The sectarian hostilities which broke out last month in the wake of the war of words between Islamic and Coptic scholars had the resounding effect of alerting—and alarming—Egyptians to the deplorable quagmire the homeland is steadily sinking into where Islamic Coptic relations are concerned. The pile-up of disturbing sectarian incidents and bitterness has long been placed on hold on all levels—the official, religious, civic, and media—with nothing whatsoever done to remedy the explosive situation. When the bomb finally blows off, as in the case of the Nag Hammadi Christmas Eve crime in which six Copts—and a Muslim passer-by—were killed as they left church after Midnight Mass, a deluge of analyses, opinion, and declarations is released demanding action and reform.
Months have passed since the Christmas Eve crime last January (Copts celebrate Christmas on 7 January), and no action has been taken in the direction of ameliorating the morbid climate that bred the Nag Hammadi crime, nor towards rectifying the sectarian situation. True, the suspects have been brought to court, but the trial is proceeding suspiciously slowly, too protracted for many to believe that justice will ultimately be fulfilled. The question which seriously begs an answer is whether the lack of firm action following the Nag Hammadi crime has led to the current sectarian crisis.
Last January, the National Council for Human Rights (NCHR) was foremost among the rights activists who condemned the Nag Hammadi crime, issuing a candid, bold declaration analysing the situation and calling for reform. Today, following the deteriorating sectarian situation, the Journalists’ Syndicate has issued a declaration equally candid and bold. The declaration was the fruit of a conference convened in Cairo under the theme of confronting sectarian sedition; the participants included not only journalists but also a large number of intellectuals, political figures, civil society activists, and figures from the religious establishment. There was a wide expression of concern regarding the threat sectarian conflict poses against the integrity, unity and peace of the Egyptian nation. Sectarianism, the participants said, is a perilous phenomenon that is being fed and agitated by a media frenzy for sensationalism. “Silence—meaning non-action—is no longer an option,” they stressed.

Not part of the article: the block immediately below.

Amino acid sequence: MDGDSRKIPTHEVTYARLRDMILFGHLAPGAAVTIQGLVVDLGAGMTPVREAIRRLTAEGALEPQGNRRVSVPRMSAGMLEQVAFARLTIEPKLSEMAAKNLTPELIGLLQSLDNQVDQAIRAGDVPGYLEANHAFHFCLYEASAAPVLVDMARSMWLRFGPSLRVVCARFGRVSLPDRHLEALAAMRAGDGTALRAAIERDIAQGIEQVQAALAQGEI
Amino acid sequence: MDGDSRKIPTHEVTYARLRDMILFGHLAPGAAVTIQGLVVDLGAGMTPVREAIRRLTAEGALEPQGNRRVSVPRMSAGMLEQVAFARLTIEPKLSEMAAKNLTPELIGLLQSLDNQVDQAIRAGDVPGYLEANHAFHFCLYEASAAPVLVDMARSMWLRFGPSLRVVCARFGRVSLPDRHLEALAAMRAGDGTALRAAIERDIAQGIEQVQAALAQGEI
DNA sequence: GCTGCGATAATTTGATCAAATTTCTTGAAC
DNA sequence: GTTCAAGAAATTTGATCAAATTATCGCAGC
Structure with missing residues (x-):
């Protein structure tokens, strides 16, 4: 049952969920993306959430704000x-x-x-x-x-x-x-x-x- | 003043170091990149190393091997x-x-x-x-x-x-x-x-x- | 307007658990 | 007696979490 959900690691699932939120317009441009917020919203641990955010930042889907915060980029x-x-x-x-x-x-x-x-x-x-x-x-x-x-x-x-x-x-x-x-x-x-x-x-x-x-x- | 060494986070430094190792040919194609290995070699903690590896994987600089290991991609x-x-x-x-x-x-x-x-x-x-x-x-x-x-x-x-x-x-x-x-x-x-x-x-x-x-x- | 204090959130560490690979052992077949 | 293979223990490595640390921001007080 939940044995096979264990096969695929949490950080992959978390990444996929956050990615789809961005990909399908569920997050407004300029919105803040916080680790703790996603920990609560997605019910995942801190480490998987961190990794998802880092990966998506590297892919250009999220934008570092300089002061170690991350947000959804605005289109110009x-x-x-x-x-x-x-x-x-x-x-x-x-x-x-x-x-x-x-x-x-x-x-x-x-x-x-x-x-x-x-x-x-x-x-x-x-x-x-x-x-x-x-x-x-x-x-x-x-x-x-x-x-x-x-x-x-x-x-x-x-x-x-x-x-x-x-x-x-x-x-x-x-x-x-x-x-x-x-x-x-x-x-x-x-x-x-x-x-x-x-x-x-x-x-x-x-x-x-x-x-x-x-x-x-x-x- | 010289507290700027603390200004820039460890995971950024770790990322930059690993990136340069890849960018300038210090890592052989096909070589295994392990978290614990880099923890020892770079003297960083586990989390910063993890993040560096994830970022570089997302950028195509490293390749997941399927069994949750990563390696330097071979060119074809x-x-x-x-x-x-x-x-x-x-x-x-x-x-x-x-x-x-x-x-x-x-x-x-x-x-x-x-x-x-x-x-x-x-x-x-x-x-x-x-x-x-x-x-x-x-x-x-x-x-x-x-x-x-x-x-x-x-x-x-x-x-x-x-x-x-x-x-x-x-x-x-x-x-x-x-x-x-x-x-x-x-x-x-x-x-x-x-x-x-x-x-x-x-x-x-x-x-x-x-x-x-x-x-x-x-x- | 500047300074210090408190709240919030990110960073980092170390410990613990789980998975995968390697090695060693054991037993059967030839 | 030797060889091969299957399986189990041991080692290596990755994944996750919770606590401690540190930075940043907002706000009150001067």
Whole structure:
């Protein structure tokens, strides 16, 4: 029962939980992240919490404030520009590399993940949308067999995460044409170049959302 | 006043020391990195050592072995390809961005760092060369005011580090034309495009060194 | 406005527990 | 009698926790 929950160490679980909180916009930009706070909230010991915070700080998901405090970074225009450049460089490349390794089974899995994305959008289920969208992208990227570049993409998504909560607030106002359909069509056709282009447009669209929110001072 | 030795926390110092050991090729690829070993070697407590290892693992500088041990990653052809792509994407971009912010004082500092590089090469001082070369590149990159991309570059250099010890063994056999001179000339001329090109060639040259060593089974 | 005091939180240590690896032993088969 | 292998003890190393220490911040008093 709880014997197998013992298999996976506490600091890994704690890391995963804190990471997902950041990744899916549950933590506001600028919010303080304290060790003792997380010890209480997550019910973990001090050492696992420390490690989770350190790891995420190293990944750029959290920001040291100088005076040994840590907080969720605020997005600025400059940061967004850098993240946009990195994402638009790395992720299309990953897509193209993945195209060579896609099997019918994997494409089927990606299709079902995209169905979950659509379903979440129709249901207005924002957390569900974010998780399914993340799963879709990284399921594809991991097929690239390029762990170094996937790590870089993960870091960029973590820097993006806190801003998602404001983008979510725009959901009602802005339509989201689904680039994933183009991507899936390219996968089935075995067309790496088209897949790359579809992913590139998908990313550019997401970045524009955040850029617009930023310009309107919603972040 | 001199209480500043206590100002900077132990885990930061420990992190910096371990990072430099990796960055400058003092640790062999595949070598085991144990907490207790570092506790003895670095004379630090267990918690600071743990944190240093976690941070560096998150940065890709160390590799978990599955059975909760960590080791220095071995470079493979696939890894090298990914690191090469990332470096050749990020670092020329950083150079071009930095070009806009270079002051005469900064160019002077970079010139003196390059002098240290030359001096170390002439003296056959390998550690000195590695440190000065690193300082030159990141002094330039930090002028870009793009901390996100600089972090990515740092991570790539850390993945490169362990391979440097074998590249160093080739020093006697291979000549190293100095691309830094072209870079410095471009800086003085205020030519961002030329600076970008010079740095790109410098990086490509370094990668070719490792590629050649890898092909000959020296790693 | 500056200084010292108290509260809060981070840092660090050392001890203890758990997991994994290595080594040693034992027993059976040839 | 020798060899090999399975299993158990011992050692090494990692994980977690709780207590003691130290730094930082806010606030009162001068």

Just as I appreciated the NCHR declaration earlier this year, reviewing it at the time and later expressing concern that it was totally disregarded by the State apparatuses concerned, I today review the declaration issued by the Journalists’ Syndicate convention. I sincerely hope that this time the apparatuses concerned should take the declaration seriously, and that we should see tangible reform on the sectarian front.
The resolutions issued by the convention are to the following effect:
• The State is required to fortify the basis for political change and endorse the State of law and order by securing full citizenship rights for all Egyptians. The citizenship rights cited in the Constitution should translate into laws and regulations based upon human rights codes and treaties.
• A law should be enacted to penalise religious, ethnic, or creed-based discrimination. Victims of discrimination should be indemnified.
• Measures should be taken to halt religious or ethnic-based discrimination in appointment to public office. The system of election to legislative councils should guarantee suitable representation of all sectors of Egyptians.
• A unified law for building places of worship should be issued. The 1934 “Ten Conditions” for building churches should be annulled. Church building and restoration should be governed by clear rules and regulations that fulfil the needs of congregations.
• A law should be issued to criminalise sectarian address in the press, the media, educational institutions, mosques and churches.
• School texts on the Islamic and Christian religions should be revised with a view to upholding tolerance and common values.
• The religious box in ID cards should be abolished.
• In case of sectarian crimes, the law should be strictly implemented; traditional reconciliation sessions may be held to calm down matters but only in parallel to legal measures not as a substitution.
• Religious institutions should not confiscate a citizen’s right to practice politics through political parties and movements. They should also refrain from debates on different creeds and beliefs.
• The right to freedom of belief should be respected. Citizens should be able to choose, free of any pressure, which religion or sect to belong to.
• The press and the media are required to meticulously tackle all printed or broadcast material in a spirit supportive of national unity and citizenship rights. Editors-in-chief are to be held fully responsible for that.
• Public inter-religious debates which debate the veracity of different creeds should be banned, as should reporting on them in the media and the press.
• The Journalists’ Syndicate is required to monitor violations to the code of journalistic honour and penalise violators.
• The Supreme Press council is required to include a special section on respect for national unity in its annual report. Papers which instigate sectarian sedition should be reprimanded.
• The Investment Authority should take legal action concerning satellite channels which engage in inter-religious debate or ridicule specific religious creeds.